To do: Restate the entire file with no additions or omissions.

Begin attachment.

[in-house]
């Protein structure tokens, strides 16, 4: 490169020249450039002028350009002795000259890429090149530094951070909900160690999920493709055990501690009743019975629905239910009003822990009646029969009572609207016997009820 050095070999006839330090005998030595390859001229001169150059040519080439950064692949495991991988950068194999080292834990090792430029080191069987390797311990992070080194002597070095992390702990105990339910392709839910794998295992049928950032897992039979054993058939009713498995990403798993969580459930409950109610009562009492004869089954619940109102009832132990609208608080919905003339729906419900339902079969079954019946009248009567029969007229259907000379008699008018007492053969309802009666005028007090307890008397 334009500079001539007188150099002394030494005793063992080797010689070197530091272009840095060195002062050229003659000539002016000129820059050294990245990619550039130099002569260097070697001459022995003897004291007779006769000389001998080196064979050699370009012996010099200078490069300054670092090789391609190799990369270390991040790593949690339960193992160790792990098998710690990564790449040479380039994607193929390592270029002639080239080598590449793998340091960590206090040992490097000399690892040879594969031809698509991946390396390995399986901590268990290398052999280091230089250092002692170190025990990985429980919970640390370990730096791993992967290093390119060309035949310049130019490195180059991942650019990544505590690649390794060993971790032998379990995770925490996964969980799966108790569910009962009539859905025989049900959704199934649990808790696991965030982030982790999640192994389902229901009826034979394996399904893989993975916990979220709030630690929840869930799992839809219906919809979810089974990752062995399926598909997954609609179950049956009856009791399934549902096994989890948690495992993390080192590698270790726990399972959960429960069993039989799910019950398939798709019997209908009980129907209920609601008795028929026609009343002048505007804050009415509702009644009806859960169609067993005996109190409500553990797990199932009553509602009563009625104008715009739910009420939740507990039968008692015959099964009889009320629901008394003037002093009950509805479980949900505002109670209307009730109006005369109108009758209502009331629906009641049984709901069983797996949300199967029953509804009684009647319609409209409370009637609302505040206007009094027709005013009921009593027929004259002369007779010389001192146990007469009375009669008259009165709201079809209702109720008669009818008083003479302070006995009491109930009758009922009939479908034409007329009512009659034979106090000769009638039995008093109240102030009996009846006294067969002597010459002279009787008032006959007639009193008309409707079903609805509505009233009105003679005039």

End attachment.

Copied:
[in-house]
């Protein structure tokens, strides 16, 4: 490169020249450039002028350009002795000259890429090149530094951070909900160690999920493709055990501690009743019975629905239910009003822990009646029969009572609207016997009820 050095070999006839330090005998030595390859001229001169150059040519080439950064692949495991991988950068194999080292834990090792430029080191069987390797311990992070080194002597070095992390702990105990339910392709839910794998295992049928950032897992039979054993058939009713498995990403798993969580459930409950109610009562009492004869089954619940109102009832132990609208608080919905003339729906419900339902079969079954019946009248009567029969007229259907000379008699008018007492053969309802009666005028007090307890008397 334009500079001539007188150099002394030494005793063992080797010689070197530091272009840095060195002062050229003659000539002016000129820059050294990245990619550039130099002569260097070697001459022995003897004291007779006769000389001998080196064979050699370009012996010099200078490069300054670092090789391609190799990369270390991040790593949690339960193992160790792990098998710690990564790449040479380039994607193929390592270029002639080239080598590449793998340091960590206090040992490097000399690892040879594969031809698509991946390396390995399986901590268990290398052999280091230089250092002692170190025990990985429980919970640390370990730096791993992967290093390119060309035949310049130019490195180059991942650019990544505590690649390794060993971790032998379990995770925490996964969980799966108790569910009962009539859905025989049900959704199934649990808790696991965030982030982790999640192994389902229901009826034979394996399904893989993975916990979220709030630690929840869930799992839809219906919809979810089974990752062995399926598909997954609609179950049956009856009791399934549902096994989890948690495992993390080192590698270790726990399972959960429960069993039989799910019950398939798709019997209908009980129907209920609601008795028929026609009343002048505007804050009415509702009644009806859960169609067993005996109190409500553990797990199932009553509602009563009625104008715009739910009420939740507990039968008692015959099964009889009320629901008394003037002093009950509805479980949900505002109670209307009730109006005369109108009758209502009331629906009641049984709901069983797996949300199967029953509804009684009647319609409209409370009637609302505040206007009094027709005013009921009593027929004259002369007779010389001192146990007469009375009669008259009165709201079809209702109720008669009818008083003479302070006995009491109930009758009922009939479908034409007329009512009659034979106090000769009638039995008093109240102030009996009846006294067969002597010459002279009787008032006959007639009193008309409707079903609805509505009233009105003679005039």